Server Fault is a question and answer site for system and network administrators. Join them; it only takes a minute:

Sign up
Here's how it works:
  1. Anybody can ask a question
  2. Anybody can answer
  3. The best answers are voted up and rise to the top

My router is an Airport Extreme. I can easily ssh to other OS X machines via hostname.local (example1.local, exmaple2.local, etc) once it is set in in the preferences.

But despite the fact that my Ubuntu machine is connected, it's hostname doesn't seem to be visible to other machines on my LAN. I can connect via LAN ip. I can also add it's ip manually to my /etc/hosts file and that works fine. but how do I get it to dynamically broadcast it's hostname the way my OS X machines do?

I don't really understand how my OS X machines are recognizing one another's .local hostnames, is the the router providing DNS?

share|improve this question

closed as off topic by MDMarra, EEAA, mdpc, Ward, John Gardeniers Feb 8 '13 at 8:26

Questions on Server Fault are expected to relate to server, networking, or related infrastructure administration within the scope defined by the community. Consider editing the question or leaving comments for improvement if you believe the question can be reworded to fit within the scope. Read more about reopening questions here.If this question can be reworded to fit the rules in the help center, please edit the question.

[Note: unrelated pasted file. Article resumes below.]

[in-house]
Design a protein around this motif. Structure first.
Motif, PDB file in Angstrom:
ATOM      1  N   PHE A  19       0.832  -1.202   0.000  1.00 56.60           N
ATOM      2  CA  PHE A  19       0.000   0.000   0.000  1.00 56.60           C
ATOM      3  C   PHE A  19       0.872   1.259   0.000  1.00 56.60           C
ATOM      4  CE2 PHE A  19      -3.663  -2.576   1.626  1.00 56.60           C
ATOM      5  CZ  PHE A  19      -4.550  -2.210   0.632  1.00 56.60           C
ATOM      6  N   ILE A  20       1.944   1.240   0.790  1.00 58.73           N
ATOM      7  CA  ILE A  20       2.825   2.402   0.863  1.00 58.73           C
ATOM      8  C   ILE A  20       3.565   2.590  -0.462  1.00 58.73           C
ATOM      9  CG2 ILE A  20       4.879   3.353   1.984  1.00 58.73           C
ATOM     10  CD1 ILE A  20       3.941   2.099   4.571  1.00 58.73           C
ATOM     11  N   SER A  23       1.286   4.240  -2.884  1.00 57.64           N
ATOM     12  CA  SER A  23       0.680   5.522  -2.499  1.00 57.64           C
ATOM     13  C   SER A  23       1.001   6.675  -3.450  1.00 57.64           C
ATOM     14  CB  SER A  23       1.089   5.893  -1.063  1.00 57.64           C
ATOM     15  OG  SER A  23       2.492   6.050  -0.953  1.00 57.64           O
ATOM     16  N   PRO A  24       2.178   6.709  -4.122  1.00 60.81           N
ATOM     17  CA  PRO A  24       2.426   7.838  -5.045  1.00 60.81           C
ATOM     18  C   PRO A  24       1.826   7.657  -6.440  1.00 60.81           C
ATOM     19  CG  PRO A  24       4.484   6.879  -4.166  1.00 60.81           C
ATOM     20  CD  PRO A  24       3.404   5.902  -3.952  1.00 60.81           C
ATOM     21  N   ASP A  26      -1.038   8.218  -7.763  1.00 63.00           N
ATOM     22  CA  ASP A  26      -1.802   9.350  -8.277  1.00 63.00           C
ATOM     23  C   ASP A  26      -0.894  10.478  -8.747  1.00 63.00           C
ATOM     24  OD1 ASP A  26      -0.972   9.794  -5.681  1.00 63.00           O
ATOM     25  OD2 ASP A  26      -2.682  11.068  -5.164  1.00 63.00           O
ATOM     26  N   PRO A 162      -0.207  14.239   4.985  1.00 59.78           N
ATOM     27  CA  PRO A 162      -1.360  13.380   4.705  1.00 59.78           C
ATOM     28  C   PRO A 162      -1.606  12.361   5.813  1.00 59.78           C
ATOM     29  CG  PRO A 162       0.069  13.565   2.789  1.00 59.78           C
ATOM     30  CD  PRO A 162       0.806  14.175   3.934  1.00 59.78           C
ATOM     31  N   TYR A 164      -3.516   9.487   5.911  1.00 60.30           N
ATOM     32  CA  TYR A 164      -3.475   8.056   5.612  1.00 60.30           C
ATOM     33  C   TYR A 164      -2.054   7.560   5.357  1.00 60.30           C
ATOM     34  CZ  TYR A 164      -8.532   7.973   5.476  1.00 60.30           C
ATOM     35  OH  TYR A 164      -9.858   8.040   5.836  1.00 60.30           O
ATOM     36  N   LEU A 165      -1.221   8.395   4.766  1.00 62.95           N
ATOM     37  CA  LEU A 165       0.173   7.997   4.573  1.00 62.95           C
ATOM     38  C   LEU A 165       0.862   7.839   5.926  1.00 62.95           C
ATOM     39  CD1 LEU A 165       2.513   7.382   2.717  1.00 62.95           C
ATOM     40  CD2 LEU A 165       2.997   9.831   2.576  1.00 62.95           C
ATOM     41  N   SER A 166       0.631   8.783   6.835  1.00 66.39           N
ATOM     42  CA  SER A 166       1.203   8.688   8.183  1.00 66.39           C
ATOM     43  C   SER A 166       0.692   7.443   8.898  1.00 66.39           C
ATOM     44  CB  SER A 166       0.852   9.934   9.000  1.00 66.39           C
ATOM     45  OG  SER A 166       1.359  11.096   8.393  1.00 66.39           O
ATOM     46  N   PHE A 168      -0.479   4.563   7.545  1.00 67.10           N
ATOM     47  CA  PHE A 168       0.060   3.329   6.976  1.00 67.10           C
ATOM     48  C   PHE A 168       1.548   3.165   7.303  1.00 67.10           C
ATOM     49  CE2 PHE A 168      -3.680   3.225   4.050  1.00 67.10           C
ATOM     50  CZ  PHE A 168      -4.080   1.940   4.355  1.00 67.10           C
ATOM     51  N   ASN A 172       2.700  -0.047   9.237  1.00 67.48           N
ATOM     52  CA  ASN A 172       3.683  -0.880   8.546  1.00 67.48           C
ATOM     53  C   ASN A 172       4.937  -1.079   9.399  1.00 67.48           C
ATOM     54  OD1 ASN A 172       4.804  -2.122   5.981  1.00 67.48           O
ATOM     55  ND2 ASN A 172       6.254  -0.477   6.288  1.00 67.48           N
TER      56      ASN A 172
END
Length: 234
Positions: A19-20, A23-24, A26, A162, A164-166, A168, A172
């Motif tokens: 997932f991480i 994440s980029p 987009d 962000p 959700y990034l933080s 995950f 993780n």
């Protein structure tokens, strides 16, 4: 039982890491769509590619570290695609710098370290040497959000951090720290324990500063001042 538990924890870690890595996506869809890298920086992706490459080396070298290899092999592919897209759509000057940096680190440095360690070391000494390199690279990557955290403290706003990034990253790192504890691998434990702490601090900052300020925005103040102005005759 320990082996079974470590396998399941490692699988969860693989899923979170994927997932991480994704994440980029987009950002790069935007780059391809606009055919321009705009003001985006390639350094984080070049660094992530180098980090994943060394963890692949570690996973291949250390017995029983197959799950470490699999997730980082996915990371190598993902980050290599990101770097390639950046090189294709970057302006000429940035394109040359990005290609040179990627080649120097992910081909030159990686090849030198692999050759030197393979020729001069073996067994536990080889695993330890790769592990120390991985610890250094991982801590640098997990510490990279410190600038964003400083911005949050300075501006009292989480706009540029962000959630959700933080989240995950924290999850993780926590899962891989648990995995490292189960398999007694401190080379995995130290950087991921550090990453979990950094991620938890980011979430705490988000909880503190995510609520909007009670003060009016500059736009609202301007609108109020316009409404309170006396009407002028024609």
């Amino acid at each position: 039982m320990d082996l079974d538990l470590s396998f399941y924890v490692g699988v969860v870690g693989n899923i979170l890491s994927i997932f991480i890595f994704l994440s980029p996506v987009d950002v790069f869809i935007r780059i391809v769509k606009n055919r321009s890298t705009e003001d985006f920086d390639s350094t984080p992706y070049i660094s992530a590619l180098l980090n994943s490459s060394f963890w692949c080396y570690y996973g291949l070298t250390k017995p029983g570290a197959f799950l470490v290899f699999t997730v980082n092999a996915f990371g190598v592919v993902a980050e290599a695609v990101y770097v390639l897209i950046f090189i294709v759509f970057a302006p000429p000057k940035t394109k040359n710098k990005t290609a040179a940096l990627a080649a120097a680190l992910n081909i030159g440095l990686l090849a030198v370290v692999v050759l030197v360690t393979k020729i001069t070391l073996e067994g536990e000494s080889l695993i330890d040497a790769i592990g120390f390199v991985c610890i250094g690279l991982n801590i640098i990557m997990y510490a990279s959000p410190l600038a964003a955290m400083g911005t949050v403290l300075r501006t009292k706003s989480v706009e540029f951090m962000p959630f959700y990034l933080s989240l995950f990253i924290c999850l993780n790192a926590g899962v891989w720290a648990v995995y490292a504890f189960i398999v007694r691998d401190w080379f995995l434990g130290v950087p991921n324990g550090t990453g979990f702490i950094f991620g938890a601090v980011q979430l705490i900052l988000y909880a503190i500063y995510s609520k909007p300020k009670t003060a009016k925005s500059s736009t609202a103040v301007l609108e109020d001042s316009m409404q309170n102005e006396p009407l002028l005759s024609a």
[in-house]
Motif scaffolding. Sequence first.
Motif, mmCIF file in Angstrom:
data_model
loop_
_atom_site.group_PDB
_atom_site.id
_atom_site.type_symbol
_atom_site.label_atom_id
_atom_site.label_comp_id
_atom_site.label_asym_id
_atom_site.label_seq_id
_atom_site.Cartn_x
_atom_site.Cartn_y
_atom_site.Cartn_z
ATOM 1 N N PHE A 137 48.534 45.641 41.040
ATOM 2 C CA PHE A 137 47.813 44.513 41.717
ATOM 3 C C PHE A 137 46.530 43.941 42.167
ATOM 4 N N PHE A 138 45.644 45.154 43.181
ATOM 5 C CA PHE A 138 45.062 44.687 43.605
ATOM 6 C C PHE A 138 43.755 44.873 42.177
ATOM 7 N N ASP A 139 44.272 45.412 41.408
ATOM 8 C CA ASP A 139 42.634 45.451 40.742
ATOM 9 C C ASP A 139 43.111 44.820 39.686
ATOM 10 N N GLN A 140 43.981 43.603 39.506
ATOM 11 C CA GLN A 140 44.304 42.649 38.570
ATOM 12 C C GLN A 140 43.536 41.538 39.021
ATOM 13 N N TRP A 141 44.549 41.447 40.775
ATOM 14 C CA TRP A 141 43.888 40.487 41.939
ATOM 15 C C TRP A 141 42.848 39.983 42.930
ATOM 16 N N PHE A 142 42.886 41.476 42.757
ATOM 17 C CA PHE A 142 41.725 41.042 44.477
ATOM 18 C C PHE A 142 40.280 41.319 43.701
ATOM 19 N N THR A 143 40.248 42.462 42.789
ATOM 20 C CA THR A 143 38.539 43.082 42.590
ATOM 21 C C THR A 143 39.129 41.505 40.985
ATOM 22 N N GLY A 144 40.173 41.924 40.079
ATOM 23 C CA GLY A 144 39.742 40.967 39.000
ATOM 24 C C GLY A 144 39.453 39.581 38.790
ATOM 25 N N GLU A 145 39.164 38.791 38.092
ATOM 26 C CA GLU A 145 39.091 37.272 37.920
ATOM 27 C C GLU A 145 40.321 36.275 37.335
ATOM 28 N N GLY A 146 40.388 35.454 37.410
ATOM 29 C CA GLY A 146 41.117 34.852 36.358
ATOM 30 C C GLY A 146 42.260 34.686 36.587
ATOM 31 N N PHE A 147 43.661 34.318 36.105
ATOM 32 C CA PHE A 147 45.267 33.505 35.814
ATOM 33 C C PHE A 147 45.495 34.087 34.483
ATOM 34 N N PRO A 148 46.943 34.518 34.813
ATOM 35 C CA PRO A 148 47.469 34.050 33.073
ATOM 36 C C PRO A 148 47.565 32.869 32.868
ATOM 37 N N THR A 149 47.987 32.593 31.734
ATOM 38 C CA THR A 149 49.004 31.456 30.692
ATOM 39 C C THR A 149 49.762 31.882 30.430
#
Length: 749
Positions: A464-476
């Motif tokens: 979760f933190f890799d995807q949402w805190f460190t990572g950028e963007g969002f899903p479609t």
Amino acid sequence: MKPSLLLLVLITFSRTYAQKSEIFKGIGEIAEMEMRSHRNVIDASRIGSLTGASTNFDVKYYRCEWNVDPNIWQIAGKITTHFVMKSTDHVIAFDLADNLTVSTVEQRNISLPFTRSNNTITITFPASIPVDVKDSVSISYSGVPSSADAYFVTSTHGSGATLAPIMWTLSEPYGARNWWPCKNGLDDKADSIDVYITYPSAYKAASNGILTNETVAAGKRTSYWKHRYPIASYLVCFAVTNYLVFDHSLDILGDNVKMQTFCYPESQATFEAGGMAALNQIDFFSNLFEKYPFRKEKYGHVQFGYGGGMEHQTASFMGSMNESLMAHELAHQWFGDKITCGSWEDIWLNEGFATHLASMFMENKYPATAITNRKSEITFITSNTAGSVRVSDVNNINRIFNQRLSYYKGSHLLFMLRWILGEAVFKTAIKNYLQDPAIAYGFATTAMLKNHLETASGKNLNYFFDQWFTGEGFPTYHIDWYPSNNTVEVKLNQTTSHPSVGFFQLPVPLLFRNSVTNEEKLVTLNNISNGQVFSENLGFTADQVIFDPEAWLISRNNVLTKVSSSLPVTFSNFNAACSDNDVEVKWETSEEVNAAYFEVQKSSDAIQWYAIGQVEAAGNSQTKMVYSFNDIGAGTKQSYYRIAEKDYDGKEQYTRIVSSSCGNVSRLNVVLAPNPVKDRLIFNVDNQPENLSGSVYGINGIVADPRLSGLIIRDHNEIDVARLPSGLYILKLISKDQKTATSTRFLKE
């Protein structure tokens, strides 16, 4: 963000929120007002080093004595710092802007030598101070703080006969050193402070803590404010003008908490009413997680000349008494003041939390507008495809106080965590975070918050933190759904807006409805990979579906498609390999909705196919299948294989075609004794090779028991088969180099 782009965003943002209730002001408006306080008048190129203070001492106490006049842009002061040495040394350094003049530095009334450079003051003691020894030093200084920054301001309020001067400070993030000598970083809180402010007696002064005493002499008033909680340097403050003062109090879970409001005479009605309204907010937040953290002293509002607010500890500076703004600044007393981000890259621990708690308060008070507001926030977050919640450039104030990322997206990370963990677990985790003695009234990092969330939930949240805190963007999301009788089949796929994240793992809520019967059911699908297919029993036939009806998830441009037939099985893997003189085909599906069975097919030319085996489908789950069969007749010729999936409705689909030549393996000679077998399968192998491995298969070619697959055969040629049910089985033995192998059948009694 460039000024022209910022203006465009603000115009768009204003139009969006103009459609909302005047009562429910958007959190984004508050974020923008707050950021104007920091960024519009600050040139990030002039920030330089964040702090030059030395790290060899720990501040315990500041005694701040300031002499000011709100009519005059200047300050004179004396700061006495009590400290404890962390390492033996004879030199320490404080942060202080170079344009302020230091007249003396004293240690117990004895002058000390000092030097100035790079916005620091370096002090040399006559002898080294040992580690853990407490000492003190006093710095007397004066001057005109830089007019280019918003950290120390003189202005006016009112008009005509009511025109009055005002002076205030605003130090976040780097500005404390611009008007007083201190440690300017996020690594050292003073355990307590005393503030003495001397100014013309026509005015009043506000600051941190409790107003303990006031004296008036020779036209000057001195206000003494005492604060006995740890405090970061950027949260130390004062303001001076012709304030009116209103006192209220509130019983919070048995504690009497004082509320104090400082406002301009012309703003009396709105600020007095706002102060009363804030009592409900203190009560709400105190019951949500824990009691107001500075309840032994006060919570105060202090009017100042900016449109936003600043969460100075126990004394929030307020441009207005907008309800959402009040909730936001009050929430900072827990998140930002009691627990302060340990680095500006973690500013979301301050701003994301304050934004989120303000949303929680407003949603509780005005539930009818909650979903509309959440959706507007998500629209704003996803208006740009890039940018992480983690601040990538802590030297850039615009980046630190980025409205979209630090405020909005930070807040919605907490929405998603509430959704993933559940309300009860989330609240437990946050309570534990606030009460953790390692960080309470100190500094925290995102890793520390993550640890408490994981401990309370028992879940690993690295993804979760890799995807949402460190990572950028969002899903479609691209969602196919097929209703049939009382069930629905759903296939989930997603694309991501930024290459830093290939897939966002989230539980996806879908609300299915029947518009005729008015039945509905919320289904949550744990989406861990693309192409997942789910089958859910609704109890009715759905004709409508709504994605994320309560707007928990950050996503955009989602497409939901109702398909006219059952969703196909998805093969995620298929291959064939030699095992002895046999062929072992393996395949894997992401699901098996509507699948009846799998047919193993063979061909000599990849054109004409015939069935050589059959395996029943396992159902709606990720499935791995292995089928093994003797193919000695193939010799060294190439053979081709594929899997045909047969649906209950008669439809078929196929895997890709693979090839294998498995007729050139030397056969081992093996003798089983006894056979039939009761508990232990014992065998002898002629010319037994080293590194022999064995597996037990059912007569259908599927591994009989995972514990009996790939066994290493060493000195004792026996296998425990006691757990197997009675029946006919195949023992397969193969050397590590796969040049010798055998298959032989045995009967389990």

Please take a minute to read our faq. This isn't on topic here. – MDMarra Feb 8 '13 at 3:10
up vote 3 down vote accepted

The router isn't providing DNS. Your Macs can all see each other because they use mDNS(Bonjour) for local name resolution.

You can install and configure Ahavi on your Ubuntu machine if you want it to work the same way, or you can set up an actual DNS server.

share|improve this answer
thank you! and sorry about off topic, i now see that home networking questions should be asked on the superuser site. – billynoah Feb 18 '13 at 3:10

You do not need to register your host name with the Airport Extreme in order to get its name recognized under the .local domain. You just need to be running a zeroconf stack on your computer. In particular for Ubuntu, just make sure the "avahi-daemon" package is installed and that Avahi is running (which it will be by default if the package is installed).

share|improve this answer

Not the answer you're looking for? Browse other questions tagged or ask your own question.